Justifications for defining 0^{0} = 1 include: - as
- When 0
^{0} is regarded as an empty product of zeros, its value is 1. - The combinatorial interpretation of 0
^{0} is the number of empty tuples of elements from the empty set. There is exactly one empty tuple. - Equivalently, the set-theoretic interpretation of 0
^{0} is the number of functions from the empty set to the empty set. There is exactly one such function, the empty function. - A power series identity with nonzero constant term, such as , is not valid for
*x* = 0 unless 0^{0}, which appears in the numerator of the first term of the series, is 1. Thus defining 0^{0} to be 1 allows this identity to be used instead of the longer identity . - The binomial theorem is not valid for
*x* = 0, unless 0^{0} = 1.^{[4]} By defining 0^{0} to be 1, a special case of the theorem can be eliminated. In contexts where the exponent may vary continuously, it is generally best to treat 0^{0} as an ill-defined quantity. Justifications for treating it as undefined include: In mathematics, an empty product, or nullary product, is the result of multiplying no numbers. ...
â€œExponentâ€ redirects here. ...
In mathematics, a tuple is a finite sequence (also known as an ordered list) of objects, each of a specified type. ...
In mathematics, an empty or nullary function, is a function whose domain is the empty set. ...
In mathematics, a power series (in one variable) is an infinite series of the form where the coefficients an, the center c, and the argument x are usually real or complex numbers. ...
In mathematics, the binomial theorem is an important formula giving the expansion of powers of sums. ...
- The value 0
^{0} often arises as the formal limit of exponentiated functions, *f*(*x*)^{g(x)}, when *f*(*x*) and *g*(*x*) approach 0 as *x* approaches *a* (a constant or infinity). There, 0^{0} suggests [lim *f*(*x*)]^{lim g(x)}, which is a well defined quantity and is the correct value of lim *f*(*x*)^{g(x)} when *f* and *g* approach nonzero constants, but is not well defined when *f* and *g* approach 0. The same reasoning applies to certain powers involving infinity, and . - A more abstract way of saying this is the following: The real function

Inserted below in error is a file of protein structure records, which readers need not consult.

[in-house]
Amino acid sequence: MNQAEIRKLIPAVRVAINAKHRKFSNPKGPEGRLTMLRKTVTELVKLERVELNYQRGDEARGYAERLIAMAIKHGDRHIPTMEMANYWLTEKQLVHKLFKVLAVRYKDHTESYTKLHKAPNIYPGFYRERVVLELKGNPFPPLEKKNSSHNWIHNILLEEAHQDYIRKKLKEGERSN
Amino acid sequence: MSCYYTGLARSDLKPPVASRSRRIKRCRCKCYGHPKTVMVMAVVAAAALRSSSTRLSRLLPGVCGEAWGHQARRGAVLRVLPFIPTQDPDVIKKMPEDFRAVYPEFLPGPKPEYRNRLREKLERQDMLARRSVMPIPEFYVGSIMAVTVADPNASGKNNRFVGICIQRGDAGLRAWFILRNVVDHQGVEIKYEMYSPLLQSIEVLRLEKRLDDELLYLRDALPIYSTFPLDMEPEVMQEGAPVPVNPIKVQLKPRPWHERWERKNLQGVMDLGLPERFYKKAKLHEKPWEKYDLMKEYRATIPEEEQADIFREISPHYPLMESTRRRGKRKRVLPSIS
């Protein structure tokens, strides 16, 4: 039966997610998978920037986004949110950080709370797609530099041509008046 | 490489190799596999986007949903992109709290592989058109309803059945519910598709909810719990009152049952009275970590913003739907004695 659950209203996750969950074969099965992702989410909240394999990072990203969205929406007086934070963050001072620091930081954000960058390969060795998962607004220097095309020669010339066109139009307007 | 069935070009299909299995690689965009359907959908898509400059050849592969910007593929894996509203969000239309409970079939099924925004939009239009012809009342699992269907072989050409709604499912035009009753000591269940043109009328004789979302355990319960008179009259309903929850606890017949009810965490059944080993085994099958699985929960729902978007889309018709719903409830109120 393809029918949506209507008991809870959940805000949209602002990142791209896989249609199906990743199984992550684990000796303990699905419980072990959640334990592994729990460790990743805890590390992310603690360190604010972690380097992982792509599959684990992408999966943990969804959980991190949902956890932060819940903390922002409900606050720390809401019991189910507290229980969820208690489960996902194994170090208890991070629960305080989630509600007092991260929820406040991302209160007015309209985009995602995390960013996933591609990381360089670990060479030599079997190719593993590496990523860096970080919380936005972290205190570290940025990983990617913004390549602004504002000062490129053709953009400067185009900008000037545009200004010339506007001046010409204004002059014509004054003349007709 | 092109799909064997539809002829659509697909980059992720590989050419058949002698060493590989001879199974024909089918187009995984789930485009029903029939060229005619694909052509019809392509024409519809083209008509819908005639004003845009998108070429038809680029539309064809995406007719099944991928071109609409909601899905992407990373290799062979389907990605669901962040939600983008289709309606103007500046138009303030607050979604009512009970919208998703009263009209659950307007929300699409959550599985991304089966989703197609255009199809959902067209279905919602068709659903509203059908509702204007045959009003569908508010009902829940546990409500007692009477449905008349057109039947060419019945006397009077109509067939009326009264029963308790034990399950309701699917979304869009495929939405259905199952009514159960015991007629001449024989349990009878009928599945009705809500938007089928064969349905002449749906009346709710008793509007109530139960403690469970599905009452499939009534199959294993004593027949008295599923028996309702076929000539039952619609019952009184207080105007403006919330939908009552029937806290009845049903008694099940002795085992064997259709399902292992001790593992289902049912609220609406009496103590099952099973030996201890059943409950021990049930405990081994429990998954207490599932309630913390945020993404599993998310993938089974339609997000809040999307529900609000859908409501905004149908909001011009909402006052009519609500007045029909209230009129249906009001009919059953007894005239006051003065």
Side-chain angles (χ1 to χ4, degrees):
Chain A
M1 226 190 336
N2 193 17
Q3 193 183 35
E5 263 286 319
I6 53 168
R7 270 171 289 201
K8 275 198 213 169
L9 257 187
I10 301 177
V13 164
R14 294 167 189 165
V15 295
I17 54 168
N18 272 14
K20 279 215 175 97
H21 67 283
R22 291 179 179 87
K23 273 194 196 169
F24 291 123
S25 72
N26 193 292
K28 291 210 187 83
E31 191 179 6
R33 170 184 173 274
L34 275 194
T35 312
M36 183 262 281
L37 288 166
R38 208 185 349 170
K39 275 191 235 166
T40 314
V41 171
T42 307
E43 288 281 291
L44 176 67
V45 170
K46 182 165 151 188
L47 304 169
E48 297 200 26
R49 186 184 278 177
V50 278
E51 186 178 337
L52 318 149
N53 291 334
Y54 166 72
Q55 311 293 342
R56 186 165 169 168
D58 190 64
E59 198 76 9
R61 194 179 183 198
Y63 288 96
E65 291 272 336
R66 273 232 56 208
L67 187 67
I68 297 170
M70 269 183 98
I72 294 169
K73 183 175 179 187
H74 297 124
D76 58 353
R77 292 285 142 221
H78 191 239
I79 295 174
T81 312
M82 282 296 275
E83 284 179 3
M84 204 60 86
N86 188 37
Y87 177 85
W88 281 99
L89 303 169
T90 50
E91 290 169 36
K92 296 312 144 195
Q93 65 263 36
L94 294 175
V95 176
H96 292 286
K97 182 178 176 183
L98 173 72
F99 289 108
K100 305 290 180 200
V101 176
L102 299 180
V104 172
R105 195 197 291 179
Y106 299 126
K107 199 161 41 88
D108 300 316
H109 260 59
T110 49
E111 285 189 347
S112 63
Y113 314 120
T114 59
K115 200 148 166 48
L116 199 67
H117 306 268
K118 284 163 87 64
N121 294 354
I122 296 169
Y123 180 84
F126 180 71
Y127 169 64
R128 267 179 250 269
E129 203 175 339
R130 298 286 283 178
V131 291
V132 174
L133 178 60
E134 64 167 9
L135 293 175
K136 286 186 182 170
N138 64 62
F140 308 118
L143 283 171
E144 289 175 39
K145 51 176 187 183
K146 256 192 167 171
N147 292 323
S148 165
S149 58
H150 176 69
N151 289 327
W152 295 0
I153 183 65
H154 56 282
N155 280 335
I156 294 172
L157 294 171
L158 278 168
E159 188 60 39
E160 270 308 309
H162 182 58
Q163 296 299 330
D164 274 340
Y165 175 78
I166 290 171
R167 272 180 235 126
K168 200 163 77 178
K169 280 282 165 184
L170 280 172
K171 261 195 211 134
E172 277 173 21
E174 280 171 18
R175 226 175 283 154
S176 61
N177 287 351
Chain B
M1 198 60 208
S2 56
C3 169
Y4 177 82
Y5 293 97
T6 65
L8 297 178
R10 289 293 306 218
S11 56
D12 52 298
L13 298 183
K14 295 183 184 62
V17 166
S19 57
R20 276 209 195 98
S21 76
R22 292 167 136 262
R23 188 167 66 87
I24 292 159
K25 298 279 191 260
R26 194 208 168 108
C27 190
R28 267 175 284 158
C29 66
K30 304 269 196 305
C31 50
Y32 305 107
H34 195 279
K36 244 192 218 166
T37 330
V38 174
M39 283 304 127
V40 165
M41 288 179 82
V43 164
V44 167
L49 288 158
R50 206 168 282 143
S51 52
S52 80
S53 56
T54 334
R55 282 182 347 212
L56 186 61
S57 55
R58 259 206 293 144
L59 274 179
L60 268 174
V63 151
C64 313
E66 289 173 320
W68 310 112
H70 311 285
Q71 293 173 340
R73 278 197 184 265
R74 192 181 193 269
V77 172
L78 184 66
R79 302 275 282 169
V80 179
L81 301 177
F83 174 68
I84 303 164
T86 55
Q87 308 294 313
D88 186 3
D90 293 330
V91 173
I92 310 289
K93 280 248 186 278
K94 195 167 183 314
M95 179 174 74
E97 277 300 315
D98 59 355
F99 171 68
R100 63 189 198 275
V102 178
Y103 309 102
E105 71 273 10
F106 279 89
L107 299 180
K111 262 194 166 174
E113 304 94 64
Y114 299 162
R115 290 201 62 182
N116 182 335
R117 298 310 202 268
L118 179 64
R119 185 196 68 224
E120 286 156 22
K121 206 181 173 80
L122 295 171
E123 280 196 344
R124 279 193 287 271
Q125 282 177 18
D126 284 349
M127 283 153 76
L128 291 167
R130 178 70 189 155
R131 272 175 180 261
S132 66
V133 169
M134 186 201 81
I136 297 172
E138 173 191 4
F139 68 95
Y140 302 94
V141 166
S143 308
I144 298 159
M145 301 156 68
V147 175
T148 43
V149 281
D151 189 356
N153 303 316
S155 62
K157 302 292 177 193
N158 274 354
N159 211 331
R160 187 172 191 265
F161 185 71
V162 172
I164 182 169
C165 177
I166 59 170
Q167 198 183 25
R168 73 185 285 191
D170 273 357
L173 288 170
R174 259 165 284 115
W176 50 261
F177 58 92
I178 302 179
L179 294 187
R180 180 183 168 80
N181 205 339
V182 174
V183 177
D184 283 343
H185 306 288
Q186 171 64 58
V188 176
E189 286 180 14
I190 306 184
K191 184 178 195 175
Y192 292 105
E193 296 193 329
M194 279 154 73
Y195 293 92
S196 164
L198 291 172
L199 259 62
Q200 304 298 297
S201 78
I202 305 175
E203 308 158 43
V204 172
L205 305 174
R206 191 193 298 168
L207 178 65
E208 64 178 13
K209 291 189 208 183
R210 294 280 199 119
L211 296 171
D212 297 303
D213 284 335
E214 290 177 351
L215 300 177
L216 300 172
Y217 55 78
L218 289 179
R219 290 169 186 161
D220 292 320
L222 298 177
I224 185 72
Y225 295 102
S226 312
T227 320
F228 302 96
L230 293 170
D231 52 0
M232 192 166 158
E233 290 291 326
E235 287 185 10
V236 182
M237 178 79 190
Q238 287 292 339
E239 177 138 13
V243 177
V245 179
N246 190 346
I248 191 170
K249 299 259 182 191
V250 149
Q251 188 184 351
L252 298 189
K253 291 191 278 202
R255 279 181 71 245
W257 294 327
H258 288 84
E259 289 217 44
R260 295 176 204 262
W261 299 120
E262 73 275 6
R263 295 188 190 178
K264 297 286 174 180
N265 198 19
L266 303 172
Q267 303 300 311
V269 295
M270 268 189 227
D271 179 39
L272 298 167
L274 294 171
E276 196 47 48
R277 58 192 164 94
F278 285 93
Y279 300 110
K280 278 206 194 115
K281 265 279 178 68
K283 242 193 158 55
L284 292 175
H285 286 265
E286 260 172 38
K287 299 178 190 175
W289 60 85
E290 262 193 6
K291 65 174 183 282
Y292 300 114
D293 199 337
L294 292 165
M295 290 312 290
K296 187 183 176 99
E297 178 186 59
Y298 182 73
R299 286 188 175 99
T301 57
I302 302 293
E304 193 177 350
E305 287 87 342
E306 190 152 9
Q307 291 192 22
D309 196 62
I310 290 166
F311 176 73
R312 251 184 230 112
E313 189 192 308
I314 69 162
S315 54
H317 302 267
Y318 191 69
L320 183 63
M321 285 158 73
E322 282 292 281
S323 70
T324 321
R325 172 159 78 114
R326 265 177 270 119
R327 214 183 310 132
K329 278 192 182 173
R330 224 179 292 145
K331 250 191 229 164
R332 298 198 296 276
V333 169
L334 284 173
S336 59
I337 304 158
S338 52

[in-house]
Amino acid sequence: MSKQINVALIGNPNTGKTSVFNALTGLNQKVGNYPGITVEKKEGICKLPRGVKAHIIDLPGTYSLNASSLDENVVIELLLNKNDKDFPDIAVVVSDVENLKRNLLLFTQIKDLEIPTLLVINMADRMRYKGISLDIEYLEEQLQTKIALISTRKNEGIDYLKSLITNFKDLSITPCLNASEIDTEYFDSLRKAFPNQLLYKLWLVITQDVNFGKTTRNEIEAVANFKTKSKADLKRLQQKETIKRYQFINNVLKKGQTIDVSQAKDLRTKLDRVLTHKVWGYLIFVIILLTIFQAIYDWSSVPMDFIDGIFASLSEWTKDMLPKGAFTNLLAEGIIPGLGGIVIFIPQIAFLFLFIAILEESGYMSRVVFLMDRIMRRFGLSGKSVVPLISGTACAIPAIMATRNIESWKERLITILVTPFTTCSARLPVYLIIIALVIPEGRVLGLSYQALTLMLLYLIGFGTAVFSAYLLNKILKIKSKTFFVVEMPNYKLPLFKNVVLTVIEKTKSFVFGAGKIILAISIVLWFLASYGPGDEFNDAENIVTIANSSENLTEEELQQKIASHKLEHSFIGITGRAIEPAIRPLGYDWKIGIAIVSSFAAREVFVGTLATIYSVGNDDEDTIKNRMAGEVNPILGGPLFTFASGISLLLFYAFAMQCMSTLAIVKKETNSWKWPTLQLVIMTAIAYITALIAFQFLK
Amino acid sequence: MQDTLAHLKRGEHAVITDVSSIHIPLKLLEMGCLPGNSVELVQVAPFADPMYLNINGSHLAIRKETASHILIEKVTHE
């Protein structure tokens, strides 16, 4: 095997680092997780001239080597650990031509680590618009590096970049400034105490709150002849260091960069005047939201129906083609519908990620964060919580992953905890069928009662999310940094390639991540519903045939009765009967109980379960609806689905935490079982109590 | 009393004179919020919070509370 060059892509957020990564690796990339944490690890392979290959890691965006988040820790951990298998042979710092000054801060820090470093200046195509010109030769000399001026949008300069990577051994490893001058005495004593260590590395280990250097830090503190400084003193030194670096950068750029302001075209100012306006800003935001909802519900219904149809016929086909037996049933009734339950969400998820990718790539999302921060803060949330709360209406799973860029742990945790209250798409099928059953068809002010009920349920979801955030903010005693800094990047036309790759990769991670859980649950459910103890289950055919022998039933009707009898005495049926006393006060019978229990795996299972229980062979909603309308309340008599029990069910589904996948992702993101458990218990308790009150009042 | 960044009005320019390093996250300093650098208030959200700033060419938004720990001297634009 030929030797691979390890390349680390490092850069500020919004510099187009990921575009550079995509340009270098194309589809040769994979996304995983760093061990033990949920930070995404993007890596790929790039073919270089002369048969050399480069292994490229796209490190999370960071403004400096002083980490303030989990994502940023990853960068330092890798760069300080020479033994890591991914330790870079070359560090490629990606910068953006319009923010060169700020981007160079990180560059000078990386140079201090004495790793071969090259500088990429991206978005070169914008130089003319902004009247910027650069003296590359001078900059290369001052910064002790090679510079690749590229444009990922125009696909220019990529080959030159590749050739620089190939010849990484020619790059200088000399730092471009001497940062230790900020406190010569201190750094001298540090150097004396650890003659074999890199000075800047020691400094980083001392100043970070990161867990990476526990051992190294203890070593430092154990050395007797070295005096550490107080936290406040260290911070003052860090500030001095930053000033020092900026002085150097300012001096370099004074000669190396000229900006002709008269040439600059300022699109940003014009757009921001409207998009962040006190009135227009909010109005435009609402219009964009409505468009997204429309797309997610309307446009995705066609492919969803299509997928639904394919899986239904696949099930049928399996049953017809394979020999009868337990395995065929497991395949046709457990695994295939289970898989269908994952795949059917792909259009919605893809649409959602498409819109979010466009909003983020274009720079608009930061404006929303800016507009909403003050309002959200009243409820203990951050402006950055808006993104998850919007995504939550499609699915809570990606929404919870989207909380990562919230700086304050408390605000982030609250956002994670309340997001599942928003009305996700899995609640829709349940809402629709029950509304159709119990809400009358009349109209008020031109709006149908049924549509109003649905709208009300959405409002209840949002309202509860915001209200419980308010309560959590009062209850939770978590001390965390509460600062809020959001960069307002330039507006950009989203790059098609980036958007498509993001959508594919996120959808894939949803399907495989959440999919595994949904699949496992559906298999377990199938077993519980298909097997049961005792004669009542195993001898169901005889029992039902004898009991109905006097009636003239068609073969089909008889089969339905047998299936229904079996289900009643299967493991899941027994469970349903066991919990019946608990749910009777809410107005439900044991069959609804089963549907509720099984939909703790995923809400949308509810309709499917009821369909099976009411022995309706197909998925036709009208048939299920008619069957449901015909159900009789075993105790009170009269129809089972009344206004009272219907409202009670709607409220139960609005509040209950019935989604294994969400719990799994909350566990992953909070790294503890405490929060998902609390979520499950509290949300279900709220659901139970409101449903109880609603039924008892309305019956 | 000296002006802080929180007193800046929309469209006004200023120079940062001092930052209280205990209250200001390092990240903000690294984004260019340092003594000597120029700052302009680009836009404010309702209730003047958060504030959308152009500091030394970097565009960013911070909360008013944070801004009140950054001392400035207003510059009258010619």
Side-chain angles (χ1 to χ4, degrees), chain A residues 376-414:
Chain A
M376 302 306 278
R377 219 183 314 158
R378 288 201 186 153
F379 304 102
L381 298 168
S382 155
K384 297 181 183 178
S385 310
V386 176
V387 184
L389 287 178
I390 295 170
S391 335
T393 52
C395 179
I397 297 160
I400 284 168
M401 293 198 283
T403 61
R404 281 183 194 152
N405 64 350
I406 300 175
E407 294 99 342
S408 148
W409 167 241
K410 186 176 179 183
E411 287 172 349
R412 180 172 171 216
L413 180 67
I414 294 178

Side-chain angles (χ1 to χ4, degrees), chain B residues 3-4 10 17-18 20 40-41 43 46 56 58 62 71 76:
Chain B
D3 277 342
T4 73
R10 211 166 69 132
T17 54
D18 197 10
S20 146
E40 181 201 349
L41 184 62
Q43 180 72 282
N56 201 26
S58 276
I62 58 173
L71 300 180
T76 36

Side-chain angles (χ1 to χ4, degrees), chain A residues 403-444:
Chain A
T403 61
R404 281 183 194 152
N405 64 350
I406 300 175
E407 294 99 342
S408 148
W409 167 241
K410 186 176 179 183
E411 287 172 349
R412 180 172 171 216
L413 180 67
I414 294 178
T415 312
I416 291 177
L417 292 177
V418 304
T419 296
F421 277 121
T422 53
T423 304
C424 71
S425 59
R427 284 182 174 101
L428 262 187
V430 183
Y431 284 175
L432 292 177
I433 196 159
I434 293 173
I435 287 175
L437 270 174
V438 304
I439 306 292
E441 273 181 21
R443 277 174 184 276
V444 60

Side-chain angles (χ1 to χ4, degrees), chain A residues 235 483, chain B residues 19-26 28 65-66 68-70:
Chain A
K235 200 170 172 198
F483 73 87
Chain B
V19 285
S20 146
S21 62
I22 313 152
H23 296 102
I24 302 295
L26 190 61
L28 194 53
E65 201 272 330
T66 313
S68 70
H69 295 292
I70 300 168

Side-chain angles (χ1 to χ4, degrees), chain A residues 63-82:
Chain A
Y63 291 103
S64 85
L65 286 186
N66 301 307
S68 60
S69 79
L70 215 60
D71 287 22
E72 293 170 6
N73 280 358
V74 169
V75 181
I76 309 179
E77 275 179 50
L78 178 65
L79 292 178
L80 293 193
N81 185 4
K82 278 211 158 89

*x*^{y} of the two nonnegative real variables *x* and *y* is not continuous at the point (*x*, *y*) = (0, 0), and so 0^{0} is not determined by continuity.^{[5]} That is, the function *x*^{y} has no continuous extension from the open first quadrant to include the point (0,0).^{[6]} A *discontinuous* extension would cause the function to lose a number of desirable properties. For example, it is ordinarily taken as a rule in calculus that whenever both sides of the equation are defined; this rule would necessarily fail if 0^{0} were defined. - The function
*z*^{z}, viewed as a function of a complex number variable *z* and defined as *e*^{z log z} is undefined at *z* = 0 because log *z* is undefined at *z* = 0. Moreover, because *z*^{z} has a logarithmic branch point at *z* = 0, it is not common to extend the domain of *z*^{z} to the origin in this context.^{[7]} In mathematics, a continuous function is a function for which, intuitively, small changes in the input result in small changes in the output. ...
In mathematics, a complex number is a number of the form where a and b are real numbers, and i is the imaginary unit, with the property i 2 = âˆ’1. ...
In complex analysis, a branch point may be thought of informally as a point z0 at which a multiple_valued function changes values when one winds once around z0. ...
### Treatment in programming languages The evaluation of 0^{0} is possible in several computer programming languages. Many languages, including Java, Python, Ruby, Haskell, ML, Scheme, MATLAB, Microsoft Windows' Calculator, and others (especially when using IEEE floating-point arithmetic, but also for integer arithmetic), evaluate 0^{0} to be 1.^{[8]} Mathematica simplifies *a*^{0} to 1, even if no constraints are placed on *a*, but does not simplify 0^{a}, and takes 0^{0} to be an indeterminate form. Maple simplifies *a*^{0} to 1 and 0^{a} to 0, even if no constraints are placed on *a*, and evaluates 0^{0} to 1. Google search when used for its calculator function evaluates *0*^{0} to 1 ^{[9]} â€œJava languageâ€ redirects here. ...
Python is a high-level programming language first released by Guido van Rossum in 1991. ...
Ruby is a reflective, dynamic, object-oriented programming language. ...